On a long flight, I watched a movie called Tolkien that tells the story of the formative years of J. R. R. Tolkien, the author of The Hobbit and The Lord of the Rings.
Tolkien Was a Master of Story and Languages
Tolkien was born in 1892 and spent most of his life in and around Birmingham, UK. He was bright, imaginative, and extremely good with language even inventing his own languages (Elvish).
His mother used to tell him and his brother stories at night in dramatic fashion about kings and queens and warriors and princesses and fiery dragons. These stories along with the many books he read as a child would become the basis for his writing The Hobbit, Lord of the Rings, and many other fantasy works.
Tolkien was deeply affected by his time in the military during World War I. He fought in the battle of the Somme in France where a stalemate took place between the Germans and Allied Forces that lasted several years.
If you have seen the movie, Wonder Woman, you will recall how Diana (Wonder Woman) jumped out of the trenches and charged across no man’s land to attack the Germans. This is where Tolkien served. He survived the battle but lost two of his best friends.
After the war, Tolkien spent a number of years trying to regain his humanity, his creativity, and his love of fantasy stories. It would be 17 years before The Hobbit was published. The Hobbit was so well received that the publisher quickly asked for a sequel which became The Lord of the Rings.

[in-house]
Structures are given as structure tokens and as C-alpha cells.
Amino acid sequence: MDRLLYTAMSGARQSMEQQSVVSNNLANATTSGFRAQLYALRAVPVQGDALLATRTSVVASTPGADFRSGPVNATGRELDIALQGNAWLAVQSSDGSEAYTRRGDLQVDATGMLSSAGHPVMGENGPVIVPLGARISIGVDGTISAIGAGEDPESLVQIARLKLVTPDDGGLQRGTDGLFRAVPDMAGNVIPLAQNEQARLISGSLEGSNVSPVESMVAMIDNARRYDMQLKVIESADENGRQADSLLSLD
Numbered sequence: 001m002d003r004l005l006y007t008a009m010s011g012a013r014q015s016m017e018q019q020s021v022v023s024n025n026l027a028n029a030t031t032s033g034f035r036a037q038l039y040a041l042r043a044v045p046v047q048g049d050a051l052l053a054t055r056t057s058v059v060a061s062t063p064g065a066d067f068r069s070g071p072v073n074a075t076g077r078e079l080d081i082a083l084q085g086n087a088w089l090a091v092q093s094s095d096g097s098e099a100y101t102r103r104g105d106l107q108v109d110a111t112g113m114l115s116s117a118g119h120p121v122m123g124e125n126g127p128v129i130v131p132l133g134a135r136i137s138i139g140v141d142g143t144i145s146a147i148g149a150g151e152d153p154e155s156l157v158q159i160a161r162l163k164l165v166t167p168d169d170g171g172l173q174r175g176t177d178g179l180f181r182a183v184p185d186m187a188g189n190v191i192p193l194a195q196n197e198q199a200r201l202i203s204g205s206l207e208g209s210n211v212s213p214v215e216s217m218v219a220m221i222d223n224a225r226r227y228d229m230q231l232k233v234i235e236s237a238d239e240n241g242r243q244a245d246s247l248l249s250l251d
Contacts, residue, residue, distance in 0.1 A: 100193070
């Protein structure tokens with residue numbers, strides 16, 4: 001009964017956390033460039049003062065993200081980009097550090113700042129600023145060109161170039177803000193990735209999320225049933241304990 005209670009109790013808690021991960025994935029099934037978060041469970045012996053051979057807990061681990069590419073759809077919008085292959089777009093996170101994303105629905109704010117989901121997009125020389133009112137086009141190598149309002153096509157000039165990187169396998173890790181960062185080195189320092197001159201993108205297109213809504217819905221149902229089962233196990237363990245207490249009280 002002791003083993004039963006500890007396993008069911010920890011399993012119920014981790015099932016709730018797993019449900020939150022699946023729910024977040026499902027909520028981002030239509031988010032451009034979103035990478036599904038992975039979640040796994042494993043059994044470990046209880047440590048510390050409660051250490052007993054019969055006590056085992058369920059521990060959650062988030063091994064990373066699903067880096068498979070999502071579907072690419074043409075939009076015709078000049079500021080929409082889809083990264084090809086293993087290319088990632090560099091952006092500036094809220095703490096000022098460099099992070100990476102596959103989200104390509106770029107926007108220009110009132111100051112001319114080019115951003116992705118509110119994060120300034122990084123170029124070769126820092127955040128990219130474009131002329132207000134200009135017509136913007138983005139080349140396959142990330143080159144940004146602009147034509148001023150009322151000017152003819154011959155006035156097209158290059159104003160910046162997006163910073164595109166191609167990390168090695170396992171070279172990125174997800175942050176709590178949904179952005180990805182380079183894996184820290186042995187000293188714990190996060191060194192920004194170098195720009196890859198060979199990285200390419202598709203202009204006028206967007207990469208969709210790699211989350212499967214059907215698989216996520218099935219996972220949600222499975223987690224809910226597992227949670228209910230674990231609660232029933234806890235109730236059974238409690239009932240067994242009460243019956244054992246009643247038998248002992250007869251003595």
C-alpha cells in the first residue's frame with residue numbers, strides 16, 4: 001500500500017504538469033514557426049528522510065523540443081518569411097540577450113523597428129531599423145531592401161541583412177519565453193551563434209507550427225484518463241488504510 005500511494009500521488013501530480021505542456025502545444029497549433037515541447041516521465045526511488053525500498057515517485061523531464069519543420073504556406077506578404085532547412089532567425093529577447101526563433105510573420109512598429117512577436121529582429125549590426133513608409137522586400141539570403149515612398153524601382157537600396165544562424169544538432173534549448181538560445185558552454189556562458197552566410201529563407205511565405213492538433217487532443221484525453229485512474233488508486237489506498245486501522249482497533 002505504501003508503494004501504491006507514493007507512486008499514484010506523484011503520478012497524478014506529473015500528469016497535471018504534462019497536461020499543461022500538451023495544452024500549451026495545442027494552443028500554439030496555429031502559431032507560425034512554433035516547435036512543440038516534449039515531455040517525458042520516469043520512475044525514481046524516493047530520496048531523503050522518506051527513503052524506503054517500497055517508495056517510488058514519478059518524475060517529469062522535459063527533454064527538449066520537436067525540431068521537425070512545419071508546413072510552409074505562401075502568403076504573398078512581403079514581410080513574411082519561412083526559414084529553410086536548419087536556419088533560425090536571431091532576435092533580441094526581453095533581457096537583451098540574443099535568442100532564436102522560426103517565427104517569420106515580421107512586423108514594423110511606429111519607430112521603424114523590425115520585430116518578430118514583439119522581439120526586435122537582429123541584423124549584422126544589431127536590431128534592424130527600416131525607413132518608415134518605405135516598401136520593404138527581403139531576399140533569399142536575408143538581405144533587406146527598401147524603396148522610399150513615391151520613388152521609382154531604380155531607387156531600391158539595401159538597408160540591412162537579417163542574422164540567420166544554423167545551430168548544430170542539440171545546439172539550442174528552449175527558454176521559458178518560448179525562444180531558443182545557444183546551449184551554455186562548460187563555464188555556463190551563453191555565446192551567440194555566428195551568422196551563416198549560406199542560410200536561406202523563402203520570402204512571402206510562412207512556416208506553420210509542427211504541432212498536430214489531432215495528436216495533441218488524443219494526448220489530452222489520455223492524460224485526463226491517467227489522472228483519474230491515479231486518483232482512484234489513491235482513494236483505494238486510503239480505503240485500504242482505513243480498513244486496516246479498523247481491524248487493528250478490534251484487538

Why Are Stories Important?
Stories are effective because they are memorable, relatable, and multi-dimensional.
(I’ll discuss how stories are multidimensional in the next post.)
Stories are the most effective form of teaching. We have used stories since the beginning of man to pass down our history and important lessons of life.
However, stories do more than pass along knowledge. They inspire us to do great things and help us aspire to be better people. In essence, stories shape our identity.
The Modern Identity Crisis
Psychologist, Rollo May, theorized that modern generations are experiencing an identity crisis due to the lack of stories and storytelling while the media constantly challenges their identity.
Between advertising, social media, and traditional media, you are bombarded every day with hundreds or thousands of messages telling you who you should be. The situation is compounded by the breakdown of the traditional family unit and the ever-increasing pace of change.
The simple fact is that humans are wired for story. Have you ever noticed how books or movies about true stories seem to hold greater meaning for us?
It’s because we can see ourselves in their characters. Their actions inspire us to act and set an example of who we aspire to be.
Here’s the Midlife Message:
Stories make us feel good. They inspire us into action and aspire us to be like their characters. However, unless we think about what these stories mean, what can they teach us, and how we can implement them in our lives, then they are just nice stories.
Here’s the Mighty Challenge of the Day:
What stories resonate with you the most? Which characters do you identify with? What qualities do these characters have that you most admire? How can you implement those qualities into your life right now?
May the force be with you!